Wittorf had no heirs and he donated his estate to Summerville Elementary School, so long as they put flowers on his grave once a year.

Fourth-graders will help veterans with a flag ceremony and perform a song on their wood recorders, Boy Scouts will be there, and students with Jazz at Eight from Summerville High will sing. Mike Kubasek, the deacon from St. Patrick’s Catholic Church in Sonora, will do opening and closing prayers, said cemetery trustee Dorothy Tate. There will be refreshments afterward and it’s open to the public.


Federal custodians of Yosemite National Park are advising visitors that in spite of cold, wet, wintry weather this week and last week, and forecasts for more of it this weekend, they expect the park to be crowded with visitors Friday, Saturday, Sunday and Monday.

They are urging visitors to enter the park before 9 a.m. and after 5 p.m. every day.

Highway 120 inside the park -- Tioga Road -- is still closed with no estimated date for opening.

Yosemite Valley parking is limited and all available campgrounds in the Valley and elsewhere in the park are completely sold out for the entire weekend, park communications staff say.

There are no longer any first-come, first-served campgrounds in the park. Camp 4 is now on a daily lottery system.

Trails at high elevations from Yosemite Valley remain snow-covered. Visitors planning to walk and ascend trails are urged to be prepared for winter conditions, especially at elevations above 7,000 feet. Four Mile Trail from the Valley to Glacier Point remains closed due to snow, ice, and recent rockfalls.

Recreational visitation in Yosemite peaked three years ago in 2016 at 5.028 million visitors, followed by 4.336 million in 2017, and 4.009 million in 2018, which included the Ferguson Fire that burned 150 square miles between July and September.

Sonora Pass on Highway 108 and Ebbetts Pass on Highway 4 remain closed this week with no estimated opening dates.

Researchers for the American Automobile Association of Northern California estimate residents and visitors are going to be traveling in record-breaking numbers this long holiday weekend.

More than 5.4 million Californians are projected to travel in vehicles Friday, Saturday and Sunday, a 4.3 percent increase from last year and the highest number on record for Memorial Day travel in the Golden State.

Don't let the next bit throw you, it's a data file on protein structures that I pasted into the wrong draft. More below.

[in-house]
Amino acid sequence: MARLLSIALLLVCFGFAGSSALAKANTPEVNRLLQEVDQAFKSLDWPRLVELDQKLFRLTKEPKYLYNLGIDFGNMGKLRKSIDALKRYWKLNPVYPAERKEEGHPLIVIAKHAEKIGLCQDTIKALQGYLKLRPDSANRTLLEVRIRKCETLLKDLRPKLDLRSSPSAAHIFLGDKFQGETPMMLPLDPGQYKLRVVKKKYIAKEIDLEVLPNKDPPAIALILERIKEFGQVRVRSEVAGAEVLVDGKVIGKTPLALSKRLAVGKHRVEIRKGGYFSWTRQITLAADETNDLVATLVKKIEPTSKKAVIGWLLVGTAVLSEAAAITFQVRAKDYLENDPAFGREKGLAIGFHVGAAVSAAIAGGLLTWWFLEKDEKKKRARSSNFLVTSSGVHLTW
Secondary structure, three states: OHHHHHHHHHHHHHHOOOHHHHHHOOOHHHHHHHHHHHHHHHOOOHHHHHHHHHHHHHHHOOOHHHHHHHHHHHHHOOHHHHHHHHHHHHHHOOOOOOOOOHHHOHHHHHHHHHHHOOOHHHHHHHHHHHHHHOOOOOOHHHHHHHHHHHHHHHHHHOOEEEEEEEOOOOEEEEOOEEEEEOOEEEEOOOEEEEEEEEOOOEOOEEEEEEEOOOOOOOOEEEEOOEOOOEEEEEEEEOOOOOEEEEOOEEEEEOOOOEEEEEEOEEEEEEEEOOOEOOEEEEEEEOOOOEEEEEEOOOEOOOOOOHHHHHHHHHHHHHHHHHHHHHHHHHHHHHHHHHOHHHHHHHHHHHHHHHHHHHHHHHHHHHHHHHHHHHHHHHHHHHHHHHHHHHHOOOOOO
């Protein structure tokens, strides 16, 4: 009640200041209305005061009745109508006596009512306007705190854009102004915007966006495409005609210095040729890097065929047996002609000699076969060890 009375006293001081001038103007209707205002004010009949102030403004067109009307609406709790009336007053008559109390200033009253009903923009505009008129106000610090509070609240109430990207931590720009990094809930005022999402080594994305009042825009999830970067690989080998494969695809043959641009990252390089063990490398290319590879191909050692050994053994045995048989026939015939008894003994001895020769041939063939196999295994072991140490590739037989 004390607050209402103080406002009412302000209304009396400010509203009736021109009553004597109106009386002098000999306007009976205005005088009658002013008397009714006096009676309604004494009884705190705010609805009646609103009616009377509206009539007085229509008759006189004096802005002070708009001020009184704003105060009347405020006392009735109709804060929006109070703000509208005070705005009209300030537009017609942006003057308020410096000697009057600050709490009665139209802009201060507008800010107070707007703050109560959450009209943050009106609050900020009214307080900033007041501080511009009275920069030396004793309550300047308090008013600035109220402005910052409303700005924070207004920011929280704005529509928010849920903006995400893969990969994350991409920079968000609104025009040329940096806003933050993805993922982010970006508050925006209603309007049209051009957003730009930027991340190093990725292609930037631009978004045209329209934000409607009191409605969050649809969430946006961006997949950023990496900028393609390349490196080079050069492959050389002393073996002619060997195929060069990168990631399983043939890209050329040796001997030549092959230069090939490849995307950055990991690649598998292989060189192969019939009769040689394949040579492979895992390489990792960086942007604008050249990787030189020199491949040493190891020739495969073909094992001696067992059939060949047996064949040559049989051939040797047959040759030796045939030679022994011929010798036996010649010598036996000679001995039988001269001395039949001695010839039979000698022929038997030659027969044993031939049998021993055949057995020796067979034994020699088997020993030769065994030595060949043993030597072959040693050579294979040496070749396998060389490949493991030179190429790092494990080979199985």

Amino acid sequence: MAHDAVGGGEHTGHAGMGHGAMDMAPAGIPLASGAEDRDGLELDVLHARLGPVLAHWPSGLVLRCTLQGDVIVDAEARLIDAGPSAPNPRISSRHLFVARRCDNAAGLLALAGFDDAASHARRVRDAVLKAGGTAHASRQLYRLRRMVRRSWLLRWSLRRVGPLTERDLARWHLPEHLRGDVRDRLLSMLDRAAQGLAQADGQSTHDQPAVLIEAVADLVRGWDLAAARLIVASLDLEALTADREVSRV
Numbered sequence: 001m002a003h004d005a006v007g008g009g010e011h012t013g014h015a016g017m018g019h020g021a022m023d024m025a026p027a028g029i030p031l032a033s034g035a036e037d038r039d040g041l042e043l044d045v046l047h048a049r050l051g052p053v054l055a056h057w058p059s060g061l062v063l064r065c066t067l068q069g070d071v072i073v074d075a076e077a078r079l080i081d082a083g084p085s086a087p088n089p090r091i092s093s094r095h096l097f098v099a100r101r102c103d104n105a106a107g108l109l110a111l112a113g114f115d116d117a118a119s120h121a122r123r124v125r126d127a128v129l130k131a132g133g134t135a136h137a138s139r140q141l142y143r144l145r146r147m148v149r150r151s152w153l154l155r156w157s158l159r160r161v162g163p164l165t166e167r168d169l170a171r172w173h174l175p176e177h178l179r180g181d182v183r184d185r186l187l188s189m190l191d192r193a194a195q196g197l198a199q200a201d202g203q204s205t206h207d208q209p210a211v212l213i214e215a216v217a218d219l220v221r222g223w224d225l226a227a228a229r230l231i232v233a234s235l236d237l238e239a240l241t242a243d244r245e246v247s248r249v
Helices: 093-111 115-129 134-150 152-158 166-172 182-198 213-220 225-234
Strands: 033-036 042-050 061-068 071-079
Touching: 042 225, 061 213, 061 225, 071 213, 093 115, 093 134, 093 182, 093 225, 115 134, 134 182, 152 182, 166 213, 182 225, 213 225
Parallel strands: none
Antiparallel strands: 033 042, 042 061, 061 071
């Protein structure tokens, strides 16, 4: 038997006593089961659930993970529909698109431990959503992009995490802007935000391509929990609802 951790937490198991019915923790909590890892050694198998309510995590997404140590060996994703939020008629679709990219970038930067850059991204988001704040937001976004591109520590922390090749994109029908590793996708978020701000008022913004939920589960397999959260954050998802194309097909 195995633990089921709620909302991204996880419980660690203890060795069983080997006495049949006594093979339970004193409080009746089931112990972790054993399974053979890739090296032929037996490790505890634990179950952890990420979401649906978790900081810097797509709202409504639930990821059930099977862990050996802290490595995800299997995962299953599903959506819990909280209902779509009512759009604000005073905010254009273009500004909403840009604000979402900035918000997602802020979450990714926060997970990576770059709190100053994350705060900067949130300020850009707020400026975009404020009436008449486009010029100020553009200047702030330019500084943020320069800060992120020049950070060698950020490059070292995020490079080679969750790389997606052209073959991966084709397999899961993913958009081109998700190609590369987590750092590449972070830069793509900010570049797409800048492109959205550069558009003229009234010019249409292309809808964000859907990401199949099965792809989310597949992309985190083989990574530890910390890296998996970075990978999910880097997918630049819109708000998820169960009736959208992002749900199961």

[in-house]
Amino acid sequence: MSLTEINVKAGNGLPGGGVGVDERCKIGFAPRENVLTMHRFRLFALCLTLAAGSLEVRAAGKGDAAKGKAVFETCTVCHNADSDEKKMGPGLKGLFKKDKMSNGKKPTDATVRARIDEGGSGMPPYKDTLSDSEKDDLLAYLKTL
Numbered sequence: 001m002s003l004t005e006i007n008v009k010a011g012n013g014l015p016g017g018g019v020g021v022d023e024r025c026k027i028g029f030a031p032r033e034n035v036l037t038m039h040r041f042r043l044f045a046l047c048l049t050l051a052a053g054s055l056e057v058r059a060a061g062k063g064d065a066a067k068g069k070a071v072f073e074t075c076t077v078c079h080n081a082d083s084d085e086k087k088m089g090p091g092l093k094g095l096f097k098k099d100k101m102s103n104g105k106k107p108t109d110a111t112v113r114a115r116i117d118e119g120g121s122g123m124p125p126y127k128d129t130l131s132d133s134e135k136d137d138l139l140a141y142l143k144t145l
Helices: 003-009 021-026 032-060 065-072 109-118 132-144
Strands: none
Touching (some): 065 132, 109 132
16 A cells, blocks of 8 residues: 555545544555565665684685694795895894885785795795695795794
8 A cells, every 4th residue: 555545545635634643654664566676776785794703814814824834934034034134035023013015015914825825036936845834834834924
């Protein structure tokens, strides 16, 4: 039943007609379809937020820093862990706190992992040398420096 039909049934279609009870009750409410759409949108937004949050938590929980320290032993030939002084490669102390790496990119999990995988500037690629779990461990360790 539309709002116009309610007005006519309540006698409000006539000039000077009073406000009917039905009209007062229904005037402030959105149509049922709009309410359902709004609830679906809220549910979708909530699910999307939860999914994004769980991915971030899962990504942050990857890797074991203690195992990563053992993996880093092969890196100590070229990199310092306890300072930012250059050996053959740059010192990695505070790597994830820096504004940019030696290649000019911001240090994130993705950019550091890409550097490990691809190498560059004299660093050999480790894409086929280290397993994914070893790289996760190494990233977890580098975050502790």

Friday to Monday Sonora could get a half-inch to 1 inch of rain and Yosemite Valley could get 1 to 2 inches of rain, forecasters with the National Weather Service said Wednesday.

Rain showers, snow showers and possible thunderstorms are likely in the Mother Lode foothills and at higher elevations in the Central Sierra from Friday through Monday.

Overnight lows in Sonora and other foothill towns are expected to remain in the 40s through Monday night. There’s a chance of showers with sunny spells Monday in Sonora. Daytime highs are expected in the 60s until Tuesday, when it could warm slightly into the low 70s.

Daytime highs in Yosemite Valley are expected to remain in the 50s through Monday, when there’s a 50 percent chance of rain showers in the Valley.

Overnight lows at Ebbetts Pass on Highway 4, Sonora Pass on Highway 108, and Tioga Pass on Highway 120 are expected to remain below freezing in the 20s through Monday night. All three passes remained closed Wednesday with no projected dates for opening.

Mother Lode watersheds, including the Stanislaus River and Tuolumne River basins, have received 48.3 inches of precipitation since the current water year started Oct. 1. That’s 128 percent of average for the date May 22. Sonora received record rainfall for the date May 20 on Monday this week, when 0.46 of one inch fell. The previous record for May 20 was 0.29 of one inch in 2002.

Contact Guy McCarthy at or 588-4585. Follow him on Twitter at @GuyMcCarthy.